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General Physics I-Week 1 Notes (August 29, 2016)

by: Lindsey Notetaker

General Physics I-Week 1 Notes (August 29, 2016) PHYS151

Marketplace > University of Nevada - Las Vegas > Physics > PHYS151 > General Physics I Week 1 Notes August 29 2016
Lindsey Notetaker

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These notes include extra notes the professor said while going over his PowerPoint, textbook notes that I took while reading the corresponding chapter, and the vocabulary that is in the book. I als...
General Physics I
Dr. Pang
Class Notes
Physics, vectors, scalars, history




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This 7 page Class Notes was uploaded by Lindsey Notetaker on Saturday September 3, 2016. The Class Notes belongs to PHYS151 at University of Nevada - Las Vegas taught by Dr. Pang in Fall 2016. Since its upload, it has received 117 views. For similar materials see General Physics I in Physics at University of Nevada - Las Vegas.


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Date Created: 09/03/16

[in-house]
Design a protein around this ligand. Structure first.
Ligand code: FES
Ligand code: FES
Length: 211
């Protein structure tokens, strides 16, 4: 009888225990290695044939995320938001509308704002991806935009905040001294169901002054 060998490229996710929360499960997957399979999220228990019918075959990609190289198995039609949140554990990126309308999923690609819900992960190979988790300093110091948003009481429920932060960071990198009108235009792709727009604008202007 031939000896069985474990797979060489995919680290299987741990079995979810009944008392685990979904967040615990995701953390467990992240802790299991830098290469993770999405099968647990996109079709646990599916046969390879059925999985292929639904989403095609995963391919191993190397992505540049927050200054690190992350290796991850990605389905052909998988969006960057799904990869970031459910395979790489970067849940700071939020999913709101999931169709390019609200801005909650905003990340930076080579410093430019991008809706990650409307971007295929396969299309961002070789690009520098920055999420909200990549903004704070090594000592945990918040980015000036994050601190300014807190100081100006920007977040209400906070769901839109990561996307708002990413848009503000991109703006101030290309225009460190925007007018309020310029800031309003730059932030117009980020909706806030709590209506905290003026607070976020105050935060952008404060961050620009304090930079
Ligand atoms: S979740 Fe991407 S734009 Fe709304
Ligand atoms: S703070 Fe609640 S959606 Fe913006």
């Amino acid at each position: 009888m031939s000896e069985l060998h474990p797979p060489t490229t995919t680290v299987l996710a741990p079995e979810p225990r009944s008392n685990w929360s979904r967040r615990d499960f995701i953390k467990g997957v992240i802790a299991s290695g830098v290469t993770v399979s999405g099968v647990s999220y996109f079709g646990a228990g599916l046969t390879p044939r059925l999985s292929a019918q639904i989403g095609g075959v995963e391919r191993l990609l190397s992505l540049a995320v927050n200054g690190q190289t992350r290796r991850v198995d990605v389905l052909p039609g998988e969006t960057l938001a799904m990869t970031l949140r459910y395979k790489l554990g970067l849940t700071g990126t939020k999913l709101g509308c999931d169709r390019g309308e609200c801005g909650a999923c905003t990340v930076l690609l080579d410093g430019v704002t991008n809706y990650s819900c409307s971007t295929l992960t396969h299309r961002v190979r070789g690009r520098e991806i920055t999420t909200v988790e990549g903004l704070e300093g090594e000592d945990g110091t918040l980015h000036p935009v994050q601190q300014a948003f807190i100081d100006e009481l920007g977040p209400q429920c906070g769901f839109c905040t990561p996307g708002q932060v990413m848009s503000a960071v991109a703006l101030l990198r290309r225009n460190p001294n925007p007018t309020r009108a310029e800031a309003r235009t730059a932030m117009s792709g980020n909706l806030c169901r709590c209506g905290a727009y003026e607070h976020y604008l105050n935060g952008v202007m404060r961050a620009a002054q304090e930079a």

General Physics I-Week 1 Notes (August 29, 2016) Key to my notes: all notes that are taken from the lecture will be the first section, notes I take  from the textbook will be the second section, and the vocabulary words from the chapter with  definitions will be the last sections! (:  Lecture Notes Know the Greek letters because they will be used in class Physics is the study of structure, stability, and motion change of matter  The most important laws for physics are the fundamental laws  Mathematics plays a huge part in physics o Calculating everything involves algebra of some sort  When giving an answer in physics it is important to pay attention to the units that it is in  and it has the correct number of significant figures  o Only use the SI units for class  Meter for length  Second for time   Kilogram for mass  Ampere for electric current   Kelvin for temperature   Mole for amount of substance   Candela for luminous intensity o Make sure everything is always in the same units as well o Units that were named after someone are capital Speed of light has infinite significant figures  When looking at significant figures the last digit is the one that is uncertain  In physics you deal with two physical quantities  o Scalar­ described by an amount (sign or not)  Always positive  Example would be distance  o Vector­described by a magnitude and direction  Example would be bank account because you can either be in the positives and let saving grow or be in the negatives and overdraft   When measuring vectors it is read from the second word and the first so  south of west would be in the III quadrant of a graph  Can move the  vector around as long as it stays parallel with the  original   Find the vector by multiplying magnitude and direction together   Unit vectors are 1       Adding and Subtracting Vectors  o Start at first vector and go to the second one when drawing it out visually but do  not use for actual solving General Physics I-Week 1 Notes (August 29, 2016)  The new vector when you draw from the tail (end or where the arrow is  not pointing) of the first to the head of the last (start or where the arrow is  pointing) is called a resultant o To find the components of any vector you break it down to the x component, y  component, and z component (if it is in three­dimensional space) o to find the magnitude of the resultant vector it is the square root of the  components of the other vectors scared each o check out this simple link to help get the basic idea because they break it down  and show what I said in words   adding: html  Subtracting: html      Multiplying Vectors  o Scalar multiplication (sometimes called the dot method) can be found if it is  Scalar A times Scalar B then to multiple it you will multiple A times B and then  multiply it by the cosine of the angle between A and B  Link: html o vector multiplication (sometimes called cross product) can be found can be found  if it is Vector A times Vector B then to multiple it you will multiple A times B  and then multiply it by the sine of the angle between A and B  to help know which direction the vector will go use the right hand rule:  The right hand rule is a rule that uses the shape of our right hand to help  make sure that our vector we are multiplying is going in the right  direction. If solving a vector product C = A × B, the direction of C is able  to be estimated by pointing the right hand with fingers straight in the  direction of A, and then bending the fingers in the direction of B. the  thumb will give a rough estimate of the direction of C now General Physics I-Week 1 Notes (August 29, 2016)  link: html Textbook Notes  Physics like all other sciences are powered by curiosity  Physics goal is to analyze how things work, provide a foundation to other scientific and  engineering fields, and trains students to reason logically       Brief History of Physics o Physics has been around since the beginning of time   Cavemen trying to make fire through friction   Ancient Chinese used magnetism and aerodynamics to create compasses  and gun powered driven rockets o Galileo (1564­1642)  Introduced what is known as an experiment  Studied the solar system to objects free falling on earth  Father of experimental physics  o Newton (1642­1727)  Became the father of theoretical physics   Famous 3 fundamental laws of motion   Assumed gravity between two objects is inversely proportional to the  square of the distance of separation   Derived planetary motion using Kepler’s (1517­1630) law which marked  the start of theoretical physics o The division between experiment and theory is the result of how physics work  Experiments father data and deduce the general behavior and that then  leads to discoveries that are summarized into laws of physics  o Joseph Lagrange (1736­1813)  Developed Newton’s theory further into analytical mechanics   Introduced a function called Lagrangian that is the difference between the  kinetic energy and the potential energy  Found a better language in describing complex dynamical system without  relying on a picture  Famous book Analytical Mechanics I first physics book that did  not have some kind of diagram General Physics I-Week 1 Notes (August 29, 2016) o Thermodynamics was developed gradually but took its main boost through the  19  century  Jean Fourier (1768­1830) and Nicolas Carnot (1796­1832) made the  first theory of thermodynamics   James Joule (1818­1889) formulated the laws of thermodynamics  Rudolf Clausius (1822­1888) introduced the concept of entropy   Josiah Gibbs (1839­1903) put statistical mechanics in final form th o Electromagnetic was developed gradually but took its main boost late 18   th century and early 19  century   Charles Augustin de Coulomb (1736­1806) discovered the laws that  governs the electrostatic force between two charged particles       Michael Faraday (1791­1867)quantified the lactic motive force induced  by the flux change of the magnetic field     Lord Kelvin (William Thomson) (1824­1907) put Faraday’s  work into mathematical words      Heinrich Rudolph Hertz (1857­1894) preformed the experiments  to prove it      Hendrik Lorentz (1857­1925) and Oliver Heaviside (1850­ 1925) simplified the equations  o  Modern Physics   did not start until the early 20  century  Albert Einstein (1879­1955) introduced the special theory and general  theory of relativity   Hermann Minkowski (1864­1909) introduced space   David Hilbert (1862­1943) constructed the covariant field equations for  relativity   Max Planck (1858­1947) introduced the concept of quantum in  explaining the black­body radiation   Niels Bohr (1885­1962) a quantum model for the hydrogen atom   Werner Heisenberg (1901­1976) and Erwin Schrodinger (1887­1961)  discovered two different forms of quantum mechanics  Fundamental laws are the basic for physics  Principle is used loosely so it could mean theorem or fundamental  Some physicists believe that we can eventually describe everything within a unified  theory, the theory of everything (TOE) Mathematics is the language of physics  Scientists need to have a way to measure quantities to compare them properly  General Physics I-Week 1 Notes (August 29, 2016) Units were originally everyday objects and it made trading and communication difficult  Meter is length of the path traveled by light in vacuum during a time interval of  1/299,792,458 f a second The second is the duration of 9192631770 periods of the radiation corresponding to the  transition between the two hyperfine levels of the ground state of the cesium 133 atom. Always use the SI units o If a given quantity is given in differenconvert it to the SI unit first  before carrying out any calculation. Always express answer in scientific notion.  o q = . . . (αβ . . .) × 10n unit Rule for additions and a subtraction is that the one with the largest uncertainty dictates  the result. Rule for multiplications and divisions is that the factor with smallest number of  significant figures dictates the outcome Knowledge can equally be applied for good or evil. Know the Greek letters because they are used constantly  Name Upper Case Letter Lower Case Letter Alpha Α α Beta Β β Gamma Γ γ Delta Δ δ Epsilon Ε ε Zeta Ζ ζ Eta Η η Theta Θ θ Iota Ι ι Kappa Κ κ Lambda  Λ  λ Mu  Μ μ Nu  Ν ν Xi Ξ  ξ Omicron Ο ο Pi Π π Rho  Ρ ρ Sigma  Σ σ/ς Tau  Τ τ Upsilon  Υ υ Phi Φ φ Chi Χ χ Psi Ψ ψ General Physics I-Week 1 Notes (August 29, 2016) omega Ω ω Vocabulary Words Note: These are in order as they showed up in the chapter, not in alphabetical       Physics: a fundamental area of study of the structures and dynamics of physical systems,  ranging from subatomic particles to the entire universe. As a subject matter, physics  addresses the relation between fundamental forces and natural phenomena, such a nuclear reactions, radiation, and formation of atoms or molecules, while providing thorough  explanations to complicated process       Experiment: a set of rigorous procedures in studying physics, that is, with  measurements, observations, and logical reasoning as the means to unlock the laws of  Nature and to reach concise and general conclusions on the motion of a physical system       Theory: in physics it is a study of physical systems through mathematical modeling and  reason in order to understand, explain, or predict associated physical properties or  phenomena       Law: in physics is an abstraction of a well established, unique behavior of Nature that  has stood against the test of time ad challenges from all the follow­up experiments and  theoretical reasonings      Fundamental Law: laws that cannot be derived from other laws or models of physics  even though they are consistent with one another   Conventional Law: laws that were thought to be unique and appeared to be independent of other laws at the time of discovery, but shown later that they can be derived from, or  are the result of, fundamental laws      Theorem: in physics typically a concise statement of an important result from a  fundamental law      Unit: a specified amount of scientific quantity , as of time, length, mass, and so on, by  comparison with which any other quantity of the same kind is determined       SI Units: the standard metric units that are used in sciences       Significant Figures: the number of figures in a quantity includes all the certain digits  plus the last one that has some uncertainty.      Scalar: is a quantity that is completely described by its amount, such as the mass of a pile of dirt General Physics I-Week 1 Notes (August 29, 2016)      Vector: a quantity that is completely described by its magnitude and direction, such as  the displacement vector d, associated with an object moving from one point to another in  space.      Succession rule: starting from the beginning of the first vector and finishing at the end of the last vector.